ISLAMABAD, April 10 — The Pakistani Parliament voted on Friday to stay out of the conflict in Yemen, but it urged the government led by Prime Minister Nawaz Sharif to play a diplomatic role in defusing the crisis.
The decision came as international aid agencies reported rising desperation in Yemen, the Middle East’s poorest country, where half the population suffered chronic shortages of basics before the conflict escalated last month.
While a limited amount of emergency medicine was airlifted into Sana, the capital, millions of Yemenis have little or no food, water and fuel; hundreds have been killed, and more than a quarter-million displaced. The United Nations humanitarian relief coordinator for Yemen, Johannes van der Klaauw, told reporters at a news conference in Geneva that the crisis was “getting worse by the hour.”
Analysts in the Arab world saw the Pakistani Parliament’s vote as a significant setback for Saudi Arabia, which is leading a campaign of airstrikes against the Houthis in Yemen. Saudi Arabia, a major donor to Pakistan, had incorrectly advertised Pakistani participation in the campaign from the night it began more than two weeks ago.
While declining a military role, the lawmakers vowed to stand “shoulder to shoulder” with Saudi Arabia, a long-term Sunni ally that had requested aircraft, warships and troops. The lawmakers also pledged to defend Saudi Arabia if its “territorial sovereignty and integrity” was violated.
Saudi Arabia has accused Iran, the region’s most influential Shiite country, of providing military aid to the Houthis, whose leaders follow a variant of Shiite Islam, and leaders in Tehran condemned the Saudi air campaign on Thursday. Most experts say that Iran supports the Houthis but that it does not control them.
The parliamentary measure, which was passed with unanimous support, followed four days of lively debate in a joint session of Pakistan’s Senate and National Assembly.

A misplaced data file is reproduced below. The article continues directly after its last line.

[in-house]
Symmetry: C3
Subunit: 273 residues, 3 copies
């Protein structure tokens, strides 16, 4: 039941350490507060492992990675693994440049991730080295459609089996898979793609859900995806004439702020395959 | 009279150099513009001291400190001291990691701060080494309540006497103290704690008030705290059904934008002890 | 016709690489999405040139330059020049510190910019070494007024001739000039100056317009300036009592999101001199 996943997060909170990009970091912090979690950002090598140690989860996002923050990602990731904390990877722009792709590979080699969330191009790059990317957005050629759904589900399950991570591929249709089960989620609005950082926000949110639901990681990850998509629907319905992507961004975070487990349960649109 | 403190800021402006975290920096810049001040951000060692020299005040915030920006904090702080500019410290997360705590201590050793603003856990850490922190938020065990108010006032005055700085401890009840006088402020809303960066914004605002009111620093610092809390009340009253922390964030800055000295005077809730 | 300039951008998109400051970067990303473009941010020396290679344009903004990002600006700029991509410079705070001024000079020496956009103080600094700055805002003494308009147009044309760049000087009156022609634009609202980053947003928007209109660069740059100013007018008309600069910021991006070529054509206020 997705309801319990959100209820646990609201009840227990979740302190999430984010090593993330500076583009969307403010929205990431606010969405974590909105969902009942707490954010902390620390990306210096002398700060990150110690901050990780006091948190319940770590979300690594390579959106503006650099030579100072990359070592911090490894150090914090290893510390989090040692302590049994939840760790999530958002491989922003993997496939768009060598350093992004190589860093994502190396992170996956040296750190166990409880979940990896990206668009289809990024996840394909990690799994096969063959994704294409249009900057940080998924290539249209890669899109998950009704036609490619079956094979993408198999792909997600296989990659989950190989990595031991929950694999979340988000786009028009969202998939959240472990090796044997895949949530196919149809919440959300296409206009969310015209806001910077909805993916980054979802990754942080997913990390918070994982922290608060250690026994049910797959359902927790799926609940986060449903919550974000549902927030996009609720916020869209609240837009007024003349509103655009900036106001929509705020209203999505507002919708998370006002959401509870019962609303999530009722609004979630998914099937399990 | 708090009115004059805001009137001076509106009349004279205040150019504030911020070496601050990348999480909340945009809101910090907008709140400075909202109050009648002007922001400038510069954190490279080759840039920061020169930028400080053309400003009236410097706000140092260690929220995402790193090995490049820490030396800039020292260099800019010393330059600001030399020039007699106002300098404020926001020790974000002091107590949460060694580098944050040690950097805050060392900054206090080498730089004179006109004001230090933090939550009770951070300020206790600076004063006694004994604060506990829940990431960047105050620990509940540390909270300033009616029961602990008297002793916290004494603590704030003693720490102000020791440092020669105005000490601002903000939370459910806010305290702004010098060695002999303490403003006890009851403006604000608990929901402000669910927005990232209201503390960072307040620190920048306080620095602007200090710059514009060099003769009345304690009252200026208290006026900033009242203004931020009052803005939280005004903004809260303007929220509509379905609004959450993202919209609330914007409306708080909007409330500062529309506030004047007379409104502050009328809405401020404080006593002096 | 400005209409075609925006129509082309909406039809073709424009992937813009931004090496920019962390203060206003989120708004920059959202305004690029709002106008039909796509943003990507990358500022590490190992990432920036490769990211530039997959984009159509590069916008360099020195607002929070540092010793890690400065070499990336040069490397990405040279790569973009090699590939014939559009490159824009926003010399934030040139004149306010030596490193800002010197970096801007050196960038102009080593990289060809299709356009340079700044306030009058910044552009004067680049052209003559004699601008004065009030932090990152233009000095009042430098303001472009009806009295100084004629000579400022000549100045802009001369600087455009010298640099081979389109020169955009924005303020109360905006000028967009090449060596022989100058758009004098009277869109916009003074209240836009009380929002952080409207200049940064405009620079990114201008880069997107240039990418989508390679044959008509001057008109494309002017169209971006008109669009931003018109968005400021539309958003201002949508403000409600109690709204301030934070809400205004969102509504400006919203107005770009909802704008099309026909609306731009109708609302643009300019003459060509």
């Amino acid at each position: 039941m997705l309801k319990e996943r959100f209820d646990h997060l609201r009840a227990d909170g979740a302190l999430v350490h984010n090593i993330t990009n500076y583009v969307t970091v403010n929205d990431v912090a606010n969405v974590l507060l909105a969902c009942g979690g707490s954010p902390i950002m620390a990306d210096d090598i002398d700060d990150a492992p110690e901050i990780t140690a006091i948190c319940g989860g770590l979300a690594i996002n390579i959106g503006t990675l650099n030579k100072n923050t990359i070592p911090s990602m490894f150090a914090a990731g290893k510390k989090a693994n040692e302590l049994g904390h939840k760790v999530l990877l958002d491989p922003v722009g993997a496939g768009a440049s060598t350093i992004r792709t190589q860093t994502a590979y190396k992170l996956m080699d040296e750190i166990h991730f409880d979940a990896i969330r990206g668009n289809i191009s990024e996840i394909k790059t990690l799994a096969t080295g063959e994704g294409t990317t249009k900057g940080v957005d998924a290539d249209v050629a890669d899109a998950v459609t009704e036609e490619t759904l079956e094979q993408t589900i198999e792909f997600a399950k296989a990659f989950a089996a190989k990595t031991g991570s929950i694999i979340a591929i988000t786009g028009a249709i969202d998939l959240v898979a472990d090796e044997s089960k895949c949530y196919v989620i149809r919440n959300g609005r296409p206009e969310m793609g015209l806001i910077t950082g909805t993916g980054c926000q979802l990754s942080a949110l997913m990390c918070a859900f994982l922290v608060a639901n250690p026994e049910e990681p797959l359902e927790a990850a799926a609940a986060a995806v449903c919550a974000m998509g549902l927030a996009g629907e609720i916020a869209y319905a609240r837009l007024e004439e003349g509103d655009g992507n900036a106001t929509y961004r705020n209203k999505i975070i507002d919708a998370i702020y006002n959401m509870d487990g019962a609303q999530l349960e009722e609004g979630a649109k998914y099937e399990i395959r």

Critics of military action warned that Pakistan risked getting sucked into a broader sectarian conflict in the region, particularly at a time of growing violence against Shiites at home.
Pakistan is a predominantly Sunni country, but Shiites represent about 20 percent of the population.
The Iranian foreign minister, Mohammad Javad Zarif, visited Islamabad, the Pakistani capital, this week and urged Pakistan to press for a cease-fire in Yemen.
Mr. Sharif’s government has close ties to Saudi Arabia, which gave Pakistan a $1.5 billion grant last year. Mr. Sharif also lived in the Saudi city of Jidda in the early 2000s, when he went into exile to escape the military rule of Pervez Musharraf.
The parliamentary resolution on Friday appeared to largely align with Iran’s wishes. “Pakistan should maintain neutrality in the Yemen conflict so as to be able to play a proactive diplomatic role to end the crisis,” read the resolution, which had been presented by Finance Minister Ishaq Dar.
Lawmakers said they supported “regional and international efforts for restoration of peace and stability in the region.”
Still, the pledge to stand with Saudi Arabia and to defend its sovereignty was seen as leaving open a door to possible military action if the situation in Yemen were to worsen.
Citing sources close to Mr. Sharif, some Pakistani news outlets reported on Friday that the Pakistani prime minister had privately warned Mr. Zarif, his Iranian counterpart, against supporting the Houthis.
In a statement on Thursday, Mr. Sharif said he had used the meeting to express concern about the Yemeni government being overthrown by “nonstate actors.”
“Beside the loss of innocent lives, the crisis can undermine the unity of Muslim world,” Mr. Sharif said in the statement.
The emergency airlift of medical supplies to Sana, arranged by the International Committee of the Red Cross and Unicef, arrived on Friday at the international airport. The agencies said the supplies would be distributed to hospitals across the country. The Red Cross said the shipment included 16 tons of medicine, bandages, intravenous fluids and surgical equipment.
But relief workers in the country reported increasingly dire problems. Doctors Without Borders said it had treated more than 800 war wounded over the past few weeks, but that fighting had left many people, including pregnant women, stranded in their homes or at checkpoints in need of medical treatment.
“Every day we are getting calls from patient in a critical condition — sometimes war-wounded, sometimes with other serious health problems — who cannot reach our hospitals,” Dr. Ali Dahi said in an interview posted on the Doctors Without Borders website. He was working for the charity in Ad Dhale, a town in southern Yemen.
Nuha Abdulljabbar, a Yemeni aid worker for Oxfam, the British charity, said in a telephone interview from Sana that daily bombings by the Saudi-led coalition had paralyzed the city.
“You never know when they will start to bomb,” she said. “There’s no warning, nowhere to go. It’s pretty scary.”
Asked what Yemenis fear the most, she said, “I think the main thing the people are fearing is the silence of the world.”
Salman Masood reported from Islamabad, and Rick Gladstone from New York. Declan Walsh contributed reporting from London.